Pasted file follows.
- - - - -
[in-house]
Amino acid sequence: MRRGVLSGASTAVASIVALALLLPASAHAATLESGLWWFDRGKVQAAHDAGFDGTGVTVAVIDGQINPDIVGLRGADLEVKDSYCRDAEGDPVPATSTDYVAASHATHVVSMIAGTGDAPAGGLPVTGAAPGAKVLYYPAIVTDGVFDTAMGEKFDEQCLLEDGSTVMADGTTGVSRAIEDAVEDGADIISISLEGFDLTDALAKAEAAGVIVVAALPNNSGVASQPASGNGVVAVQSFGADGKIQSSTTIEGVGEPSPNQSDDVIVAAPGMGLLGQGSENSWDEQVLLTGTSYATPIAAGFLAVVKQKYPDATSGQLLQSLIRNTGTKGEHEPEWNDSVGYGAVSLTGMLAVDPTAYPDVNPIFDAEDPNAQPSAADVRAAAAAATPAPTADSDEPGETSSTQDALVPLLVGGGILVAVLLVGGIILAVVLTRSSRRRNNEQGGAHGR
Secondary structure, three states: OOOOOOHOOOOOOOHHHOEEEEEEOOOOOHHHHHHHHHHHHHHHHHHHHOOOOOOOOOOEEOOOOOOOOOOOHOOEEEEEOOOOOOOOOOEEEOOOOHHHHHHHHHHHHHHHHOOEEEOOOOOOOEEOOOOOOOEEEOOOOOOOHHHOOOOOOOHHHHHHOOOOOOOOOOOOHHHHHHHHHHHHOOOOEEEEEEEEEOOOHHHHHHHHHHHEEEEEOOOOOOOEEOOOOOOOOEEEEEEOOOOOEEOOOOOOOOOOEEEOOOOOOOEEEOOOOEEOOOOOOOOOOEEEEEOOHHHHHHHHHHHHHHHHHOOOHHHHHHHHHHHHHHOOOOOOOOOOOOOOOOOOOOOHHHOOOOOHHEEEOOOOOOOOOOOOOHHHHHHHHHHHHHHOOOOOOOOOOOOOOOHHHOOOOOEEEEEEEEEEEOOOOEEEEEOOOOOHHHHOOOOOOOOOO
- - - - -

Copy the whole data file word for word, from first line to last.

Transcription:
[in-house]
Amino acid sequence: MRRGVLSGASTAVASIVALALLLPASAHAATLESGLWWFDRGKVQAAHDAGFDGTGVTVAVIDGQINPDIVGLRGADLEVKDSYCRDAEGDPVPATSTDYVAASHATHVVSMIAGTGDAPAGGLPVTGAAPGAKVLYYPAIVTDGVFDTAMGEKFDEQCLLEDGSTVMADGTTGVSRAIEDAVEDGADIISISLEGFDLTDALAKAEAAGVIVVAALPNNSGVASQPASGNGVVAVQSFGADGKIQSSTTIEGVGEPSPNQSDDVIVAAPGMGLLGQGSENSWDEQVLLTGTSYATPIAAGFLAVVKQKYPDATSGQLLQSLIRNTGTKGEHEPEWNDSVGYGAVSLTGMLAVDPTAYPDVNPIFDAEDPNAQPSAADVRAAAAAATPAPTADSDEPGETSSTQDALVPLLVGGGILVAVLLVGGIILAVVLTRSSRRRNNEQGGAHGR
Secondary structure, three states: OOOOOOHOOOOOOOHHHOEEEEEEOOOOOHHHHHHHHHHHHHHHHHHHHOOOOOOOOOOEEOOOOOOOOOOOHOOEEEEEOOOOOOOOOOEEEOOOOHHHHHHHHHHHHHHHHOOEEEOOOOOOOEEOOOOOOOEEEOOOOOOOHHHOOOOOOOHHHHHHOOOOOOOOOOOOHHHHHHHHHHHHOOOOEEEEEEEEEOOOHHHHHHHHHHHEEEEEOOOOOOOEEOOOOOOOOEEEEEEOOOOOEEOOOOOOOOOOEEEOOOOOOOEEEOOOOEEOOOOOOOOOOEEEEEOOHHHHHHHHHHHHHHHHHOOOHHHHHHHHHHHHHHOOOOOOOOOOOOOOOOOOOOOHHHOOOOOHHEEEOOOOOOOOOOOOOHHHHHHHHHHHHHHOOOOOOOOOOOOOOOHHHOOOOOEEEEEEEEEEEOOOOEEEEEOOOOOHHHHOOOOOOOOOO